|In The Village by Orson Scott Card||Print | Back|
|By Orson Scott Card||September 4, 2008|
If you're old, like me, you remember "cry rooms." Usually they were off to the side of the chapel, with a large double-paned window allowing the parents of fussy babies to see and hear sacrament meeting while the caterwauling was safely contained. Like nuclear waste.
We don't have those rooms anymore. In one-ward meetinghouses, there might be a classroom with piped-in sound from the chapel, where parents of noisy children can go for refuge, but that doesn't work if another ward is holding classes during your sacrament meeting.
All that's left, for the parents who actually notice their child is making a deafening uproar and feel moved to take the source of the noise out of sacrament meeting, is the foyer.
Usually there are semi-nice couches to sit on, lovingly chosen to blend in with the decor of the lobby of a Courtyard by Marriott. And, during sacrament meeting, there are teeming masses of little children.
Children running free. Playing with toys, mashing Cheerios into the carpet, wiping their hands on the windows.
Also adults, carrying on conversations so loud that you can't hear the talks being broadcast from the pulpit.
A lovely place to visit, but I wouldn't want to live there.
Then sacrament meeting ends, and the whole chapel becomes just like the foyer, as people hurry to talk with or hand things to whomever they didn't get to speak to or hand things to before sacrament meeting started.
That's as it should be. In wards and branches outside of Utah, sacrament meeting is the only time when the whole village is assembled in one place. Reverence is nice, when you can get it, but there are things that have to be said and done while everybody's right there within easy reach.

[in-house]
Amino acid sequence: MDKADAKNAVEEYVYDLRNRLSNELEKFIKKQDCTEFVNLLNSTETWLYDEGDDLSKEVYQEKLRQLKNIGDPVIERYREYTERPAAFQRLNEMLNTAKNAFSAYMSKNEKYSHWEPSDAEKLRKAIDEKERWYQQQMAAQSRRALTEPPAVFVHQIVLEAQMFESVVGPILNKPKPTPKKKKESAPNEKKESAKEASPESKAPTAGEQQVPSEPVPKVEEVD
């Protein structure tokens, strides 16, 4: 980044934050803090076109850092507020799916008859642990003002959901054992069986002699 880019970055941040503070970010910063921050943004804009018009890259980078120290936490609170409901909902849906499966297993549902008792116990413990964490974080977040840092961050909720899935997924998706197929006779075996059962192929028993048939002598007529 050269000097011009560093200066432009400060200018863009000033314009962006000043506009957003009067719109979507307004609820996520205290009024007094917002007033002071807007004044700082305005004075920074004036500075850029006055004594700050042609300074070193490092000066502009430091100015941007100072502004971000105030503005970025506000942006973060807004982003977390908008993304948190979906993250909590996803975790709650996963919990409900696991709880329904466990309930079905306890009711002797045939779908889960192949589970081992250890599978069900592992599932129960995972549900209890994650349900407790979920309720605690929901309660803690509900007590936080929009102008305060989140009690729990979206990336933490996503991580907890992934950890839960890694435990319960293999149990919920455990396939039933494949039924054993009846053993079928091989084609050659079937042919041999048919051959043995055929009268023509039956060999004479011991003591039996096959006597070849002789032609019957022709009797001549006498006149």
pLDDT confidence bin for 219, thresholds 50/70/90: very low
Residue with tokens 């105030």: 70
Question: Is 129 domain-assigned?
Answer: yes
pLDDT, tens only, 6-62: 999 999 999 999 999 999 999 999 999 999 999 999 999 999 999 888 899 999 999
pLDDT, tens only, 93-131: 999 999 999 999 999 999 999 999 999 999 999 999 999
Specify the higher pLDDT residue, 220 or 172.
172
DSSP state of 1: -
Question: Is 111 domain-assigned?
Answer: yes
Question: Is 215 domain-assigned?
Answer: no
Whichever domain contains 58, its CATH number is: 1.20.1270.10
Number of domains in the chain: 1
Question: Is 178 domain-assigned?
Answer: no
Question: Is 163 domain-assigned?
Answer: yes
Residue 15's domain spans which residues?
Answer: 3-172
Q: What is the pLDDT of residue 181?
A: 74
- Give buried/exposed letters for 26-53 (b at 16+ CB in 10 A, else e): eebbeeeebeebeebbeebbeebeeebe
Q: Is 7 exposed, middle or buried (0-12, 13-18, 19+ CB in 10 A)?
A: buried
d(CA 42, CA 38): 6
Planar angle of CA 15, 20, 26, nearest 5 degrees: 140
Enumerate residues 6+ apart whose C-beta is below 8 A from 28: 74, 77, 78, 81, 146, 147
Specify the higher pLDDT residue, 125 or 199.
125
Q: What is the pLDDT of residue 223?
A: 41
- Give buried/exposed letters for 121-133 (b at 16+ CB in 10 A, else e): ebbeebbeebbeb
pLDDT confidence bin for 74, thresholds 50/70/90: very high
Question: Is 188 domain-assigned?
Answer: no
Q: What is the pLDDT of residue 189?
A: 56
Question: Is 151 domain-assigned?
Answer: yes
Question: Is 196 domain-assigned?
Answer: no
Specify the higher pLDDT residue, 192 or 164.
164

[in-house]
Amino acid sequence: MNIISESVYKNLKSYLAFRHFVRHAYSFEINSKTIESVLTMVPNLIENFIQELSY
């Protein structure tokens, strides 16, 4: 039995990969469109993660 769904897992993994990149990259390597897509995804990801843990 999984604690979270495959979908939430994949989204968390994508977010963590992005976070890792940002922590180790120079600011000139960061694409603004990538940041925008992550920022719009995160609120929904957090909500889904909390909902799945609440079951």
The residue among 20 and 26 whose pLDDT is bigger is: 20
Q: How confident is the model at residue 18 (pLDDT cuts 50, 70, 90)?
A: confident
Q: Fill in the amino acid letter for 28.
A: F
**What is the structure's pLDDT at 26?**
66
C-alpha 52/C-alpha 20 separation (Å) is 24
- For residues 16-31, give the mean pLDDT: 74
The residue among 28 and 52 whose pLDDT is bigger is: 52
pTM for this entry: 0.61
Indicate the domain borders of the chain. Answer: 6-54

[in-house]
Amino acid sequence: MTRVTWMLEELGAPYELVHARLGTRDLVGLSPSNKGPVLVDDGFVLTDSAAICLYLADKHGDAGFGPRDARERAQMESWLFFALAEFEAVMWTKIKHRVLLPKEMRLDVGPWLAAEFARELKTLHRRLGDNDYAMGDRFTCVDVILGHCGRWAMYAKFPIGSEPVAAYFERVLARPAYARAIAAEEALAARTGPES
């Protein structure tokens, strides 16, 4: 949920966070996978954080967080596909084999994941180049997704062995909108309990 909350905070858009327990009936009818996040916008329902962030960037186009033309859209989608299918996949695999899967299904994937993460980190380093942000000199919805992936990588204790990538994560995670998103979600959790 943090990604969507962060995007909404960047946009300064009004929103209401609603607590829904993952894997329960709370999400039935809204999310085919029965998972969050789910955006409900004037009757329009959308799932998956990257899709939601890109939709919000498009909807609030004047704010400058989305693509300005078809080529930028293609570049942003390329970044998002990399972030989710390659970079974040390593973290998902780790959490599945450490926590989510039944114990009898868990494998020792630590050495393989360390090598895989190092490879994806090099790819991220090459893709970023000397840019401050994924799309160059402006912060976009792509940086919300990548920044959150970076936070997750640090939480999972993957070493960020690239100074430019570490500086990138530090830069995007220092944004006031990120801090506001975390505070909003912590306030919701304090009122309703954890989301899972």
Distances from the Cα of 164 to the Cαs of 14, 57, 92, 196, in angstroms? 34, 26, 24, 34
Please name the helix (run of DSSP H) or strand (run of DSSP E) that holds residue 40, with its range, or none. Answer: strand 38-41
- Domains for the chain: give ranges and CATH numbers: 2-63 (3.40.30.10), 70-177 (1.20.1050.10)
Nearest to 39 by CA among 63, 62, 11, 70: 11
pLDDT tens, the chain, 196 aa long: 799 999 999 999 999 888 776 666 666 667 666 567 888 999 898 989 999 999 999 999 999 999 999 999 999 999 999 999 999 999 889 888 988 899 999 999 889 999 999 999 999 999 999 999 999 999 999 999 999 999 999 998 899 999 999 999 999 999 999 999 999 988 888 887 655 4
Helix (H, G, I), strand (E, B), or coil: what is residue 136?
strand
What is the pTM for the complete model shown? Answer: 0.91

So as I came to church last Sunday, I was unsurprised to find some of the flotsam from the previous ward's romper room session still lingering in the foyer; to wit: three scraps of torn paper, each about an inch square, lying near the main couch.
The fact that there were only three scraps suggested that some adult had frantically picked up all the other scraps but missed a few. I instantly pictured some mom, loaded down with a paper-tearing toddler, a baby in a carrier, and a huge diaper, toy, and snack bag, dragging her burdens away from the couch, only to notice the scraps she had missed and think, I just can't set anything down to clean those up. Somebody else will have to do it.
That somebody else was me.
How did I know it was my job? Because the scraps were still there, and I saw them.
How did I know it wasn't any of the 180 people who entered the chapel before me? Because the scraps were still there.
How did I know it wasn't any of the 19 people who entered the chapel after me? Because after me, the scraps weren't there any more.
Wow. I'm such a hero of cleanliness!
(For those who care, our sacrament meeting attendance this week -- the first meeting after the ward was divided -- was exactly 200. I try to get these facts right.)